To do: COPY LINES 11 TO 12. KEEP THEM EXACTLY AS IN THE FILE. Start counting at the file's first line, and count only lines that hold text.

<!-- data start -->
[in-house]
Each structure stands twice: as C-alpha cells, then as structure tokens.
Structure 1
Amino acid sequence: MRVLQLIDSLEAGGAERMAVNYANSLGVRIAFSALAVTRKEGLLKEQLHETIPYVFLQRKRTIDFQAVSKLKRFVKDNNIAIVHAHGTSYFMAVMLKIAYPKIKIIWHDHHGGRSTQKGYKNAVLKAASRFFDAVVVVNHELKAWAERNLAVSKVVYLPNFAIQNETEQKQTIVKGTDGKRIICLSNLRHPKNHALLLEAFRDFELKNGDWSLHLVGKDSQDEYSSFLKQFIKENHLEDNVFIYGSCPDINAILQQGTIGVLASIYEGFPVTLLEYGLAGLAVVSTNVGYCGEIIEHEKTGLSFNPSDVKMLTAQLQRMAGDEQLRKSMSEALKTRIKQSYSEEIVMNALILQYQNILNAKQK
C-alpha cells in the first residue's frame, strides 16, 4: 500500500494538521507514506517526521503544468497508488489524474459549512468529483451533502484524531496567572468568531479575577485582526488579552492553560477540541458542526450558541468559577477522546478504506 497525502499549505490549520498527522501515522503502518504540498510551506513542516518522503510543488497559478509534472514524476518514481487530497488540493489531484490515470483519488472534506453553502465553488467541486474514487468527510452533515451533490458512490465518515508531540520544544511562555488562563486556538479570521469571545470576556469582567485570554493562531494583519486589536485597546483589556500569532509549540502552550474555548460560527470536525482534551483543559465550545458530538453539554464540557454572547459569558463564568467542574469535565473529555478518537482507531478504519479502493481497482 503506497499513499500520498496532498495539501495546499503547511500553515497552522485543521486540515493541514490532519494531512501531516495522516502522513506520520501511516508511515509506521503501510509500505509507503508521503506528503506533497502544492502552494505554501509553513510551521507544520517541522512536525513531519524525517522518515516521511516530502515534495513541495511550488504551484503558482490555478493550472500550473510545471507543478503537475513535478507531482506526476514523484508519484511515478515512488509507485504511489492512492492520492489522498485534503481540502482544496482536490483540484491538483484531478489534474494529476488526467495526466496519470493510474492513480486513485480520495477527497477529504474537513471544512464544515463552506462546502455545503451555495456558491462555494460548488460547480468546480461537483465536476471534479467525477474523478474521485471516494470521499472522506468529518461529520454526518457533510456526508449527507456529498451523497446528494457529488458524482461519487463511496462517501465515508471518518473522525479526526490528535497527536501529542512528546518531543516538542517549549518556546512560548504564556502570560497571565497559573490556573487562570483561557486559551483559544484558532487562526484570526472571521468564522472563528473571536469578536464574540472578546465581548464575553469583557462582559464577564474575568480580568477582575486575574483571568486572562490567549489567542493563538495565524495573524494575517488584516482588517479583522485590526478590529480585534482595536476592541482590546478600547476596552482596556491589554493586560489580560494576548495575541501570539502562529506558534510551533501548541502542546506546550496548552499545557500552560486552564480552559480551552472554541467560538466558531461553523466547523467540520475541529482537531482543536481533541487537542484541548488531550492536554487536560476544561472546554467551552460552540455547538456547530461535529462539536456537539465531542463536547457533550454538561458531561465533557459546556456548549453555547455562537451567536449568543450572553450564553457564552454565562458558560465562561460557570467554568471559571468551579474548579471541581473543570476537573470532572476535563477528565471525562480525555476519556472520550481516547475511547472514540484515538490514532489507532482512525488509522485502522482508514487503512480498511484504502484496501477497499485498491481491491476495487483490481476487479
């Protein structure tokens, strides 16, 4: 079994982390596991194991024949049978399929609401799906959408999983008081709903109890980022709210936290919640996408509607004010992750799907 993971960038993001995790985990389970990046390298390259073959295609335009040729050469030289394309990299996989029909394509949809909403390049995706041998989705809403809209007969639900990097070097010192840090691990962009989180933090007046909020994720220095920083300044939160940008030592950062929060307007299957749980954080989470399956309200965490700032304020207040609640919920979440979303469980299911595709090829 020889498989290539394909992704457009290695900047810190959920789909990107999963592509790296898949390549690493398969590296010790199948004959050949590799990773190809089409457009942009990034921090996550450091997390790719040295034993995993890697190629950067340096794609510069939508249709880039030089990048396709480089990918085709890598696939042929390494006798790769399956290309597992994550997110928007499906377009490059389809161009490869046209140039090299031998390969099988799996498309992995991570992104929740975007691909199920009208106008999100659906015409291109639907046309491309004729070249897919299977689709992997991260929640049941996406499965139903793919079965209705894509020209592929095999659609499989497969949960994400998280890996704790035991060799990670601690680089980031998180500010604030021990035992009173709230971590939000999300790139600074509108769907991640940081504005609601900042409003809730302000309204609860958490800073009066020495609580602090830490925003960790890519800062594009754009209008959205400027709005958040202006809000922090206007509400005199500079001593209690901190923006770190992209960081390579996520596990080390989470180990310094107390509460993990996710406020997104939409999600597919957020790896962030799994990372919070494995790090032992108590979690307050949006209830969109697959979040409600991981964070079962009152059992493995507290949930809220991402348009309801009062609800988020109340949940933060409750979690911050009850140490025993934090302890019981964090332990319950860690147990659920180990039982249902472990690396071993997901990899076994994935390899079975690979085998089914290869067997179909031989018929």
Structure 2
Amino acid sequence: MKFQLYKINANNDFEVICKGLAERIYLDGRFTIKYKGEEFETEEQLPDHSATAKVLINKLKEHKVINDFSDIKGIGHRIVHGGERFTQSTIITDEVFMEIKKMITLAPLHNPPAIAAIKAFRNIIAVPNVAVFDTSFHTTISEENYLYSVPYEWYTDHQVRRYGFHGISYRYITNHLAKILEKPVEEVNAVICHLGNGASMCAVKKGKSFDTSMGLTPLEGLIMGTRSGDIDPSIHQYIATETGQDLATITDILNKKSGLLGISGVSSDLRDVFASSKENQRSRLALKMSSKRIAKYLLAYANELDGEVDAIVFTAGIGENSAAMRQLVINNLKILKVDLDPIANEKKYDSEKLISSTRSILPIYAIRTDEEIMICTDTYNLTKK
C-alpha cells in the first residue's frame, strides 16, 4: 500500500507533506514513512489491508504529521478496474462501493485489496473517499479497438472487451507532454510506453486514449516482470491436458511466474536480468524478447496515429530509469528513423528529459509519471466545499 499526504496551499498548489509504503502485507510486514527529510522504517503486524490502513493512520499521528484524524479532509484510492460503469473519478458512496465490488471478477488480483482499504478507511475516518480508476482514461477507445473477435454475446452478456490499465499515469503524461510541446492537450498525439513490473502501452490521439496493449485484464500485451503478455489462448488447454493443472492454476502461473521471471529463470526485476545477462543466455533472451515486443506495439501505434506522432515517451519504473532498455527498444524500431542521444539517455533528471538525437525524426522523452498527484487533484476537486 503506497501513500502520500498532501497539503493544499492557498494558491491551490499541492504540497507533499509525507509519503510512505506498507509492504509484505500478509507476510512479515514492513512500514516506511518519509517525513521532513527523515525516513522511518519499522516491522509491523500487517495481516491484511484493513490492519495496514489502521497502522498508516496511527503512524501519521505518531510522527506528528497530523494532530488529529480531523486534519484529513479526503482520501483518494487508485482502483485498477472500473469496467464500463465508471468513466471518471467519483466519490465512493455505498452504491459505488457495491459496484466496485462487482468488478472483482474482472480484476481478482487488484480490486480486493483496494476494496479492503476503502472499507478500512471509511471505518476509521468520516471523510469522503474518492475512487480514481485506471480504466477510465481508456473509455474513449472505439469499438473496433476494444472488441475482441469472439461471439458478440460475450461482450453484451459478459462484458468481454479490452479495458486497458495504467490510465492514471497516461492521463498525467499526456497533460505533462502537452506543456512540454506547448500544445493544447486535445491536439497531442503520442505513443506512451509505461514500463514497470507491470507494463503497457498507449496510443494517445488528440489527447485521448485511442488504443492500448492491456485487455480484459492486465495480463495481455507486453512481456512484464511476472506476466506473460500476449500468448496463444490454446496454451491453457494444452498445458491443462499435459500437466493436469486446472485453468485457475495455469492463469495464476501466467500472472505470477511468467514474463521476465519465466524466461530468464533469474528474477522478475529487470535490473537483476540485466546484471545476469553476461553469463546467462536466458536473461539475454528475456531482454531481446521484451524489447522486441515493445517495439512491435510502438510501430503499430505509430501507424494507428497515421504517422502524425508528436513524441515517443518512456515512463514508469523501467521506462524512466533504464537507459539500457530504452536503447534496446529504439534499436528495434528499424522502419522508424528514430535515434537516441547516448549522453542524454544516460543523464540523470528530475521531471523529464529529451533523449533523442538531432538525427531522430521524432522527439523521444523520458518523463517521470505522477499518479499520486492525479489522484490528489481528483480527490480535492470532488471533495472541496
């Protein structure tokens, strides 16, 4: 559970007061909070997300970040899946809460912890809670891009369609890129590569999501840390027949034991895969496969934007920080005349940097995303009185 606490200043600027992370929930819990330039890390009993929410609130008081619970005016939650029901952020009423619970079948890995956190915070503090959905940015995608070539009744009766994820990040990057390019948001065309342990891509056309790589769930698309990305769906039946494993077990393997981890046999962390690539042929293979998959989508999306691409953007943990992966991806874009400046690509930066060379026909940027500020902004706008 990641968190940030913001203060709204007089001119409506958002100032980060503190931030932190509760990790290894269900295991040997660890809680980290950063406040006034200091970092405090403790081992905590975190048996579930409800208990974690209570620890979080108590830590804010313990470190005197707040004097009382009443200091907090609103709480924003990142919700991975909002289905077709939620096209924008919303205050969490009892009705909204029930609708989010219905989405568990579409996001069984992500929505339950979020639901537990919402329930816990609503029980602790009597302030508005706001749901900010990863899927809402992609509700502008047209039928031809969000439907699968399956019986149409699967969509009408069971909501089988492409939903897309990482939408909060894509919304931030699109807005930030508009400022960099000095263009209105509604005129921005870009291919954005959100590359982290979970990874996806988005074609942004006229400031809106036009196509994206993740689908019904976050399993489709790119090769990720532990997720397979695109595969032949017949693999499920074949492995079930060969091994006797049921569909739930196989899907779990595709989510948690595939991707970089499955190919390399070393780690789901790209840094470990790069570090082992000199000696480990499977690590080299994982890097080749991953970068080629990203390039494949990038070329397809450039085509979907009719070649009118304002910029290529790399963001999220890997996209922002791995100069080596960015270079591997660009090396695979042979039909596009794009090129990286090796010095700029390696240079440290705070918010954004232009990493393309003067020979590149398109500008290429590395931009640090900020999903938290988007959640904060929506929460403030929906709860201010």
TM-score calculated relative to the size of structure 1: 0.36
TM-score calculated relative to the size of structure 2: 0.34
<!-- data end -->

TM-score calculated relative to the size of structure 1: 0.36
TM-score calculated relative to the size of structure 2: 0.34